‘Anything you want’

Whatever the disclaimer, it’s not hard to imagine many entrepreneurs aiming to follow in Heenan’s footsteps. According to Micha Kaufman, the founder and chief executive of Fiverr, there is already a growing culture of people looking to support themselves entirely through the website.

“We’ve had people putting down payments on their houses before, people who put themselves through college or were able to either avoid or pay back their student loans,” he said. “We’re seeing a growing group of people who are turning Fiverr into their main source of income. I think the main thing about that is that they’re able to achieve financial independence on their own terms.”

Fiverr, which launched in 2010 and is headquartered in Tel Aviv, now counts millions of sellers. A click on the website’s home page gives an indication of how extensive its offerings are, as rows of small panel ads, many accompanied by a smiling portrait of the seller, hawk any number of digital wares:

“I will record a 150 word young American male voice over.”

“I will prepare a letter of recommendation for you.”

“I will draw anything you want as a digital cartoon.”

In spirit, the site feels like a more high-tech Craigslist — and, indeed, Kaufman said forging connections between people an ocean apart is a primary aim of the company.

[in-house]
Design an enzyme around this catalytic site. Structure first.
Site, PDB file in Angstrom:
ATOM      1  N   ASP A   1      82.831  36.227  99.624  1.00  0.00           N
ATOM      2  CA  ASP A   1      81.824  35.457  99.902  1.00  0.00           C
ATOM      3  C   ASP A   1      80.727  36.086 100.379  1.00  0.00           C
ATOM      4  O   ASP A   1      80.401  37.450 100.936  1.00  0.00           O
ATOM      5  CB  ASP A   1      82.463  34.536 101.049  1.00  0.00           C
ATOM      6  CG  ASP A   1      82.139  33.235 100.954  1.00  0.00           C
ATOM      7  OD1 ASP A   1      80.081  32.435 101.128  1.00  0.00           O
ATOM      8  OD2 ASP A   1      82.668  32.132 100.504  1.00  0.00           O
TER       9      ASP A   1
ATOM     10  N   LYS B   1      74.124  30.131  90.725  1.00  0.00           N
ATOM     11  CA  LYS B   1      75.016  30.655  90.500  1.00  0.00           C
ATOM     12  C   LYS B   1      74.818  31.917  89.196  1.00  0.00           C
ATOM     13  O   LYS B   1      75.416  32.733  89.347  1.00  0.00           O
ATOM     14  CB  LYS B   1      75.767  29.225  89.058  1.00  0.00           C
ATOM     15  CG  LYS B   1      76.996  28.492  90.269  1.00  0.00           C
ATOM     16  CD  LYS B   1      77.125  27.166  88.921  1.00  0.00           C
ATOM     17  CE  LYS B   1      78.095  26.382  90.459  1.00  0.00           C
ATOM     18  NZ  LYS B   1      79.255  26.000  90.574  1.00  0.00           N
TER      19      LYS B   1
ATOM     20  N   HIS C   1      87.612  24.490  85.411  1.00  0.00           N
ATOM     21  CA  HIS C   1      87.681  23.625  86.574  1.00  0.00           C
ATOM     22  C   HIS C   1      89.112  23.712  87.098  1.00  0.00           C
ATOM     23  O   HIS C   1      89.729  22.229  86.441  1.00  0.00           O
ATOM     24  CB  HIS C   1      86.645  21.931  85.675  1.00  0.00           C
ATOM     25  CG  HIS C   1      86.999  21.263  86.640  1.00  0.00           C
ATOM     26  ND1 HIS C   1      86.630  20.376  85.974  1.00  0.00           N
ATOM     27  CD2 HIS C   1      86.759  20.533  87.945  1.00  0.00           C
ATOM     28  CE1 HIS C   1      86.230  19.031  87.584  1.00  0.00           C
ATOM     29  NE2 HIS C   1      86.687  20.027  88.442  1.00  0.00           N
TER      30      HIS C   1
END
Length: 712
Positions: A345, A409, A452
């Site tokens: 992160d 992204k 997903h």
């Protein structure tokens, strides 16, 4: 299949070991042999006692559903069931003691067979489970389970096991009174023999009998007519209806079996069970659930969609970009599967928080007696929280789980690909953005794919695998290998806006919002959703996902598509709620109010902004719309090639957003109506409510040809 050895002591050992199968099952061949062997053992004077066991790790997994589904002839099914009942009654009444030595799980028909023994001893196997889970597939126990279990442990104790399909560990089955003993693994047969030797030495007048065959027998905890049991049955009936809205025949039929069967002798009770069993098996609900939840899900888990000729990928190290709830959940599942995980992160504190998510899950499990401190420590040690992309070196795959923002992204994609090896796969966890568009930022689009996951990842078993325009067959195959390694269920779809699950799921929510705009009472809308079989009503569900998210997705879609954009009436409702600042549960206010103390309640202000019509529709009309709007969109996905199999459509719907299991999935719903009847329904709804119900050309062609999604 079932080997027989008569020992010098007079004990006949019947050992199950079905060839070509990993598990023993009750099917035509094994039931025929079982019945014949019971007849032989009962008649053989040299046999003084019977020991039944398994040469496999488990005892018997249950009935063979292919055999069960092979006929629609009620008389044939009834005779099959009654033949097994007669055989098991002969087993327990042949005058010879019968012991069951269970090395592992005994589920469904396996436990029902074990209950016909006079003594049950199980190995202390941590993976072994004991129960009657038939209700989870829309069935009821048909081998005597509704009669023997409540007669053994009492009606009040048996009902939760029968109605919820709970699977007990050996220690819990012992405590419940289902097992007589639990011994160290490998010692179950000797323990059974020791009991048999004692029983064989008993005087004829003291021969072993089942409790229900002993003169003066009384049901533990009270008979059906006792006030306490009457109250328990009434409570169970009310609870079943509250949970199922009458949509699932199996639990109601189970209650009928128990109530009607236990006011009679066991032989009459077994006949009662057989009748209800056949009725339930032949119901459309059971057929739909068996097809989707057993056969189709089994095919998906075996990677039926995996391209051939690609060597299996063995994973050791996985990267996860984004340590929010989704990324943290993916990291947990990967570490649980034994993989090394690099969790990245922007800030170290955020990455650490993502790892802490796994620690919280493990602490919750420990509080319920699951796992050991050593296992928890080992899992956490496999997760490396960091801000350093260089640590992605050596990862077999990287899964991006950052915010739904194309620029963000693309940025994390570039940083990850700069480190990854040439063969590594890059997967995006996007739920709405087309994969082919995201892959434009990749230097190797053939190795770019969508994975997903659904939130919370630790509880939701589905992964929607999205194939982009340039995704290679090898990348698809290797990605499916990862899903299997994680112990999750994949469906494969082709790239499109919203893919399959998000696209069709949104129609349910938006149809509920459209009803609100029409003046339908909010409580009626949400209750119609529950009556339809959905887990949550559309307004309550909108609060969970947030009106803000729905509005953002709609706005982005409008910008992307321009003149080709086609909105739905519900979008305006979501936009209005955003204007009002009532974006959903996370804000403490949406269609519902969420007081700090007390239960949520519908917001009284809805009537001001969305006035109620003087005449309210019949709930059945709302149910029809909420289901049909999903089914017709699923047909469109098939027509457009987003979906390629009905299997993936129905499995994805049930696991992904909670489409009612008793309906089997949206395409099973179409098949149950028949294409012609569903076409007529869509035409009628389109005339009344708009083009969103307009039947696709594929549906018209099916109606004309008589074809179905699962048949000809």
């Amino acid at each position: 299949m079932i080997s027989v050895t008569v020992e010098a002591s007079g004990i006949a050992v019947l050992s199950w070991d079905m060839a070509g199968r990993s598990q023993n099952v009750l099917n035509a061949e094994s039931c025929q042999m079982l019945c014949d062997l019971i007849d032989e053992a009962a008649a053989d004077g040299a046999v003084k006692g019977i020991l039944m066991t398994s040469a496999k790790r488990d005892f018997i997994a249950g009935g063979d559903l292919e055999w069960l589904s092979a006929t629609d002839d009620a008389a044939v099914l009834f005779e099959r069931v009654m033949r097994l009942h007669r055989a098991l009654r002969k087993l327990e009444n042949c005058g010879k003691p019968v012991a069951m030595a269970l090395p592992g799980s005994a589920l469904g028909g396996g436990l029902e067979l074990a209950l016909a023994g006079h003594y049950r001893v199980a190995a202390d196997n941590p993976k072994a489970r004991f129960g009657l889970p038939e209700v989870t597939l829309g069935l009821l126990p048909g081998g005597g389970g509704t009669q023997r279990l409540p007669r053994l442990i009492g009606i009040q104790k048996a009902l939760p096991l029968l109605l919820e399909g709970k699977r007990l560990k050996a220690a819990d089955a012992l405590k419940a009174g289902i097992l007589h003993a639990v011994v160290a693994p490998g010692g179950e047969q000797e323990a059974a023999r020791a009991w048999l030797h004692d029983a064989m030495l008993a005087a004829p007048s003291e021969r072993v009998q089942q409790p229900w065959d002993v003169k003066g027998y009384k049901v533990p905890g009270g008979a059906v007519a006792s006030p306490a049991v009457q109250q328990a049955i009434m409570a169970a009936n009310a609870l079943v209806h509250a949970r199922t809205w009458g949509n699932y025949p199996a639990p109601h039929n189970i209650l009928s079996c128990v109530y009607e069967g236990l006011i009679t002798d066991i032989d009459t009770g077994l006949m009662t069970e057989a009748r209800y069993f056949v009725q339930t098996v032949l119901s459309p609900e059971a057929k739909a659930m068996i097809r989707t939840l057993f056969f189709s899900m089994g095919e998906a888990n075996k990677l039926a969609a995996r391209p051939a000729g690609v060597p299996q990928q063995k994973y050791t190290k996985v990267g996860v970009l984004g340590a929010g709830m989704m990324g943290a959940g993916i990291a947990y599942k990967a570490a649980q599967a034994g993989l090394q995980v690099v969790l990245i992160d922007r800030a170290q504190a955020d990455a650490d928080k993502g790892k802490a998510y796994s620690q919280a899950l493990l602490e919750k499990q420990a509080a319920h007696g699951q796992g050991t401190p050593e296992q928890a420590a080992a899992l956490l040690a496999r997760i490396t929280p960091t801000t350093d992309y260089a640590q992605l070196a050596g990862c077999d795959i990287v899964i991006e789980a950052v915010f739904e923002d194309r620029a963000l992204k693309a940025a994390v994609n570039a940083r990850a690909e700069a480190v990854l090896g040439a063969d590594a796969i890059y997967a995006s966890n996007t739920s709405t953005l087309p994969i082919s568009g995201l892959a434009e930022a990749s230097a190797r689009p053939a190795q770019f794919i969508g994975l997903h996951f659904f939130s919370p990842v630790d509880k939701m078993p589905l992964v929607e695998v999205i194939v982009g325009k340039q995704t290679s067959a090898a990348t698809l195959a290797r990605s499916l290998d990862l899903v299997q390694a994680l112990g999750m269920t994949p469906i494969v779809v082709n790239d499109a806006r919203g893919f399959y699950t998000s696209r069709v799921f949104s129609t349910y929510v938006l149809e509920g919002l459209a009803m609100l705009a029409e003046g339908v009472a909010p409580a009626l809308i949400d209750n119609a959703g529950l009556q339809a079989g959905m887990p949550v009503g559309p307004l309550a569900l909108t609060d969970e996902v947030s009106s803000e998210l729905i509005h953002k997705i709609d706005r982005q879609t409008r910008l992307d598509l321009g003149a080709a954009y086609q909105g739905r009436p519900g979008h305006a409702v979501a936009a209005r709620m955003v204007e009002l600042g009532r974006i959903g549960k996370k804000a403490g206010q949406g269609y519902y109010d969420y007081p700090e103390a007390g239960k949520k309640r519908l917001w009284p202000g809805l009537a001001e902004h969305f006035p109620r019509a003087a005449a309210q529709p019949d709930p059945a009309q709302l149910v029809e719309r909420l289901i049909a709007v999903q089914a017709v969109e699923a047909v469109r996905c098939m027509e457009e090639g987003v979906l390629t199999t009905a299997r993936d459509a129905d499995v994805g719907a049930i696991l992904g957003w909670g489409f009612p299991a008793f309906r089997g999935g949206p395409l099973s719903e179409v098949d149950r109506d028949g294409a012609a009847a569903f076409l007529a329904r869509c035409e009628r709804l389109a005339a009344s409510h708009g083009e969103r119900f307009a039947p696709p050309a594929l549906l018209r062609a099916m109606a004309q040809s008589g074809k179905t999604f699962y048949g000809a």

“Through technology, what we’ve enabled is this concept of global audience,” he said. “In the past, a graphic designer from Boise, Idaho, had very local clientele from his or her neighborhood. Today, this graphic designer has customers in Japan, in San Francisco, in London, and that really opens up the scope of inflow that they can have.”

Heenan has gotten orders from 42% of the countries in the world — a statistic that he heralds with a map on his profile page. That’s already enough to keep him busy, and with his other endeavors, leisure time gets precious.

What else could he possibly take on?

“The peanut butter company,” he said, grinning. “We just moved into a new commercial kitchen in Huntington Beach.”